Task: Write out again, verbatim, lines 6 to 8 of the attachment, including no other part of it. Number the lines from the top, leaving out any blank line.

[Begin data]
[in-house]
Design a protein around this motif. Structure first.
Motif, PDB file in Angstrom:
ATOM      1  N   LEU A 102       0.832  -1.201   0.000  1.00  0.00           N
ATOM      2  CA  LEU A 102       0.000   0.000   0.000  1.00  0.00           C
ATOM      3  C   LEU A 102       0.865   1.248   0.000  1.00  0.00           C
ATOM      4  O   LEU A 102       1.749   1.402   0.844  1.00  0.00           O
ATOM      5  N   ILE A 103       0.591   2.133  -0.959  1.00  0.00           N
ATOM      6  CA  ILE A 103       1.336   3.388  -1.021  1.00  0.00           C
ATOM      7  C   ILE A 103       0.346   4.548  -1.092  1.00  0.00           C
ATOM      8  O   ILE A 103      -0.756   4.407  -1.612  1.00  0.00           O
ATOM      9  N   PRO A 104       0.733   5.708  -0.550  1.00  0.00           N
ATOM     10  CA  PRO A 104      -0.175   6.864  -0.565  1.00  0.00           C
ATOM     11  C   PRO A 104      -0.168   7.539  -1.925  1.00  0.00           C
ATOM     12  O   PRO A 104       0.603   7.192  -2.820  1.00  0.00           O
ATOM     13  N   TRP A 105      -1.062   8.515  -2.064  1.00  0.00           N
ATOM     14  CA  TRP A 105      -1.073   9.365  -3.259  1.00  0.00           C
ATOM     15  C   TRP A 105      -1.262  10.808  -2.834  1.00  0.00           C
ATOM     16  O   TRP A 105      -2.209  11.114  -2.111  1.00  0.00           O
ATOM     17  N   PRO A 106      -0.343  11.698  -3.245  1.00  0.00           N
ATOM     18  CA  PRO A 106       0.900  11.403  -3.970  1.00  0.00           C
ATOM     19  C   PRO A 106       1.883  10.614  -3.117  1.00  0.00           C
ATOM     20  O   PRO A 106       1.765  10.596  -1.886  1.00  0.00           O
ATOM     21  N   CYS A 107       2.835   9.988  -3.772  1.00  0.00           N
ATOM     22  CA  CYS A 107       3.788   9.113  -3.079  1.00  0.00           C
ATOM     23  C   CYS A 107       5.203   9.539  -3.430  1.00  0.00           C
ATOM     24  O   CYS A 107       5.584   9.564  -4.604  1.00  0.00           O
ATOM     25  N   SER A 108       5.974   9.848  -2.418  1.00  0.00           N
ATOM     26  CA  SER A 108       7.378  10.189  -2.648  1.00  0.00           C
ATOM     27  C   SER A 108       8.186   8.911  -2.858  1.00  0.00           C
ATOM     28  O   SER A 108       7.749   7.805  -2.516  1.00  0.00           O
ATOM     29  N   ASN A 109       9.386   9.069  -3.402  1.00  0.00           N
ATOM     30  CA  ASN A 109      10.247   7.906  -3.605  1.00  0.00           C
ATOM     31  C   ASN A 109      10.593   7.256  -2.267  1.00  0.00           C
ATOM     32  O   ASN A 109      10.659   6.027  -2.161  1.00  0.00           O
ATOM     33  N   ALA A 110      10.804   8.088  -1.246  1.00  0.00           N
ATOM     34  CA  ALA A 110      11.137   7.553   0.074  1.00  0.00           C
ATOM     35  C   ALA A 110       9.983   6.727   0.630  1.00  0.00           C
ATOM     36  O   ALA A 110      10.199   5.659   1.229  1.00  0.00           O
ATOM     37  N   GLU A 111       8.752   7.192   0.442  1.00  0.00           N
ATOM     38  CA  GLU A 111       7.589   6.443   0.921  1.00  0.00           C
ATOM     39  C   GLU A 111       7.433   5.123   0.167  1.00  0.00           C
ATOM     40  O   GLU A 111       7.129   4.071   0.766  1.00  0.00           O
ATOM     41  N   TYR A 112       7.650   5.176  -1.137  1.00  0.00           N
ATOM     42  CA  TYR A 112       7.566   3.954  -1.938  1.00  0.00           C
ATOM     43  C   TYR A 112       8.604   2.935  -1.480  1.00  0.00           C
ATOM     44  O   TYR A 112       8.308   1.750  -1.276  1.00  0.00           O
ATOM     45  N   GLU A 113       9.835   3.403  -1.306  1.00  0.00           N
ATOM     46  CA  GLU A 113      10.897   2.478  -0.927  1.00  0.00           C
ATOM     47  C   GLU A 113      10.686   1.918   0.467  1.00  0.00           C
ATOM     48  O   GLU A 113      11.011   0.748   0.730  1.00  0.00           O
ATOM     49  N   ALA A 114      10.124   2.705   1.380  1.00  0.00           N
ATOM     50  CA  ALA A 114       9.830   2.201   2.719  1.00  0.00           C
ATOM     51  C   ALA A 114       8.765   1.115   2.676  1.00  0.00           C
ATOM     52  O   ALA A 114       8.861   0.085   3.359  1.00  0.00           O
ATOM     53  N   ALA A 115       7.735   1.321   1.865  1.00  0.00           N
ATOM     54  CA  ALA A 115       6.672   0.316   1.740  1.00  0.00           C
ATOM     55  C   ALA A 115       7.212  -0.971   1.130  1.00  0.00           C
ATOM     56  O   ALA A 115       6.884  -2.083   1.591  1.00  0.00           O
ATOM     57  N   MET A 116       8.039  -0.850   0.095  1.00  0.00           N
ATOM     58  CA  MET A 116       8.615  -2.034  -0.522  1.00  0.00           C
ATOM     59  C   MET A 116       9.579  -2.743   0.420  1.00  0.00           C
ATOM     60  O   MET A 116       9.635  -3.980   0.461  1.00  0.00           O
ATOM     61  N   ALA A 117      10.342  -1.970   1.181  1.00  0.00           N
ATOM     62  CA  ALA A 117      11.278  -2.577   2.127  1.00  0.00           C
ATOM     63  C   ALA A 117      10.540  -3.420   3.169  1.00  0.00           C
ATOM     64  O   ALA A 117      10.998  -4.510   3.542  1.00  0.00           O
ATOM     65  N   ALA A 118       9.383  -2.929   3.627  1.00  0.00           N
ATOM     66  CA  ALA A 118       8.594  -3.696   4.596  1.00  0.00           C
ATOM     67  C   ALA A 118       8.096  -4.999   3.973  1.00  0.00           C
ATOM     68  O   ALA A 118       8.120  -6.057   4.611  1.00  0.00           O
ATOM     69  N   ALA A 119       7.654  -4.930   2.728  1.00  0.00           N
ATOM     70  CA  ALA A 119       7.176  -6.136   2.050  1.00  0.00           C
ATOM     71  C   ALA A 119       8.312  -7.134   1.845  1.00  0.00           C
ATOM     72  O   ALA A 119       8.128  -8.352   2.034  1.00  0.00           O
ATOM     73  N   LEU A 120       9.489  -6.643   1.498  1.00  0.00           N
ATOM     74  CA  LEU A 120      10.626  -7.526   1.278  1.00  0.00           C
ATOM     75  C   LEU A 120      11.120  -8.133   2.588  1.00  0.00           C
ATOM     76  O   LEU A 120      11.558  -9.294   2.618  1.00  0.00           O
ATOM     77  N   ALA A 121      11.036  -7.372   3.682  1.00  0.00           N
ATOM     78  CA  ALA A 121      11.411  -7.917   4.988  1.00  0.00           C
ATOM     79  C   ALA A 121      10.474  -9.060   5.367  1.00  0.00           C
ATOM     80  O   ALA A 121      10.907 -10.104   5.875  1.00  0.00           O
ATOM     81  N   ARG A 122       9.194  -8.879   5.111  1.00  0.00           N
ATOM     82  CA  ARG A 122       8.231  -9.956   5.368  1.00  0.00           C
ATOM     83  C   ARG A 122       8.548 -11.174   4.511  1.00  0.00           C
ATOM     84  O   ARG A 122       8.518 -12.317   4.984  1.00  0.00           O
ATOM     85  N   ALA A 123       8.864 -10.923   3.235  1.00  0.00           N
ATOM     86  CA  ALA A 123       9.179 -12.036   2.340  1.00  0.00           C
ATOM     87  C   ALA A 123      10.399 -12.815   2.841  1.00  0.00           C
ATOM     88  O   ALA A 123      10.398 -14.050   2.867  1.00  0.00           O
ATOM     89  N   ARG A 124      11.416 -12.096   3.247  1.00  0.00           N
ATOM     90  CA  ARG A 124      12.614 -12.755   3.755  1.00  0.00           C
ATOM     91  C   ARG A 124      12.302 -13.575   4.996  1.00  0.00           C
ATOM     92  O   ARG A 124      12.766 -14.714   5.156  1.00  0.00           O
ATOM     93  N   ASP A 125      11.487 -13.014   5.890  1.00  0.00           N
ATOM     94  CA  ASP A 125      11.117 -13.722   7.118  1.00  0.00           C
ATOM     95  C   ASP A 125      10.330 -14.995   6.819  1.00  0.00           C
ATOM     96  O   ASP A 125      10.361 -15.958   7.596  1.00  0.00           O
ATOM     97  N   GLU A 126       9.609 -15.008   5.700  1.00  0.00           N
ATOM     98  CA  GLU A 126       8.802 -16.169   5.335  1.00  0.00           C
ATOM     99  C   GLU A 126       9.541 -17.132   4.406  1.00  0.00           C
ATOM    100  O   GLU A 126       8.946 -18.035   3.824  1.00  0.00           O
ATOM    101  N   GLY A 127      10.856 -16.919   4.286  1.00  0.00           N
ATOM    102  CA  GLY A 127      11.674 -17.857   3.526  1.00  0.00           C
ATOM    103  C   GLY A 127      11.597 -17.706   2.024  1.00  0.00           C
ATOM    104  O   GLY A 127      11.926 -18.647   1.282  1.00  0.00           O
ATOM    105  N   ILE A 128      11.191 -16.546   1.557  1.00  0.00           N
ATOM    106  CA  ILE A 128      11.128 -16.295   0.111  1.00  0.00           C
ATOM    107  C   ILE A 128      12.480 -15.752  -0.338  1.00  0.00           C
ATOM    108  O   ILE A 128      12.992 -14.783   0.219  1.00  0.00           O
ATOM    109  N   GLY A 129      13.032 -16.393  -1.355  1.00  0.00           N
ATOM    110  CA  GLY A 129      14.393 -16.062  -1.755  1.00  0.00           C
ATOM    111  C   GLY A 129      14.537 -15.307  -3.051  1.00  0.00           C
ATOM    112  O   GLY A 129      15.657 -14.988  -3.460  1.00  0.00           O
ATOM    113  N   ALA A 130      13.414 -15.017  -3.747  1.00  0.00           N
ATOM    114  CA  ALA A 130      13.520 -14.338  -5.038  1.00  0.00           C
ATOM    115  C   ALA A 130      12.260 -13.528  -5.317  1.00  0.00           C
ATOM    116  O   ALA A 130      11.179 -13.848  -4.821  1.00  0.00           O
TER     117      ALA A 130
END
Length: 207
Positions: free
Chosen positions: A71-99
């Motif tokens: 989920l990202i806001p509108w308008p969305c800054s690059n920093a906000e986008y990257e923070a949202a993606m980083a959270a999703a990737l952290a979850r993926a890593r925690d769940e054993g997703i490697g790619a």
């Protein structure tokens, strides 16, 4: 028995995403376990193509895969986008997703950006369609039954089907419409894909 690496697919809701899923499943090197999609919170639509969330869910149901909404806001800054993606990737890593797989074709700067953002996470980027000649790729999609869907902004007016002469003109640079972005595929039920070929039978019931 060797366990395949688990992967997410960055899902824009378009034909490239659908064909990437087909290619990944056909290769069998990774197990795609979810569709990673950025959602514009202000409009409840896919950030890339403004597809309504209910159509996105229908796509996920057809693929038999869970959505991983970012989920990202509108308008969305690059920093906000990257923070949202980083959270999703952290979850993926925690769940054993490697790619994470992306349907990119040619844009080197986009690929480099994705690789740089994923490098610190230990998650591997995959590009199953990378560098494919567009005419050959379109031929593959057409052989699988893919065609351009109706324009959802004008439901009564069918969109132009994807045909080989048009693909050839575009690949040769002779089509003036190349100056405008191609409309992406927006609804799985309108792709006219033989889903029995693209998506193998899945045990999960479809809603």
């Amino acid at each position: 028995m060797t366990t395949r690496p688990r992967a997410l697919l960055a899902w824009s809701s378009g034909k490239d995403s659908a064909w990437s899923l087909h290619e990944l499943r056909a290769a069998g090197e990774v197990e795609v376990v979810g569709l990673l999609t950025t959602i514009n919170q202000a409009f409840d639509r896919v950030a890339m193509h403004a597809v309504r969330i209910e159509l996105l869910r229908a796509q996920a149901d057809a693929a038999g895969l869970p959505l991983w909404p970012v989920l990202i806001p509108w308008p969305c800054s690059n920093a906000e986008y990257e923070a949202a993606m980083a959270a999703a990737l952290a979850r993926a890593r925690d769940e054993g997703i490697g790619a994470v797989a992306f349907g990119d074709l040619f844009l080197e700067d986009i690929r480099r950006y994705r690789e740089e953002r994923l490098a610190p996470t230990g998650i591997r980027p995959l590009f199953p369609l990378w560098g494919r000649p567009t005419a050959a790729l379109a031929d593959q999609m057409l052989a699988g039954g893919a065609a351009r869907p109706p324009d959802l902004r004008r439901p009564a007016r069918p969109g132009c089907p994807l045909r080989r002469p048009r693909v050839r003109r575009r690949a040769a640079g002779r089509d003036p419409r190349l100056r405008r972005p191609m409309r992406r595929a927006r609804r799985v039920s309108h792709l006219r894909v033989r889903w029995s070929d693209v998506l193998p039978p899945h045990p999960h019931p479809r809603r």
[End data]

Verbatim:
ATOM      3  C   LEU A 102       0.865   1.248   0.000  1.00  0.00           C
ATOM      4  O   LEU A 102       1.749   1.402   0.844  1.00  0.00           O
ATOM      5  N   ILE A 103       0.591   2.133  -0.959  1.00  0.00           N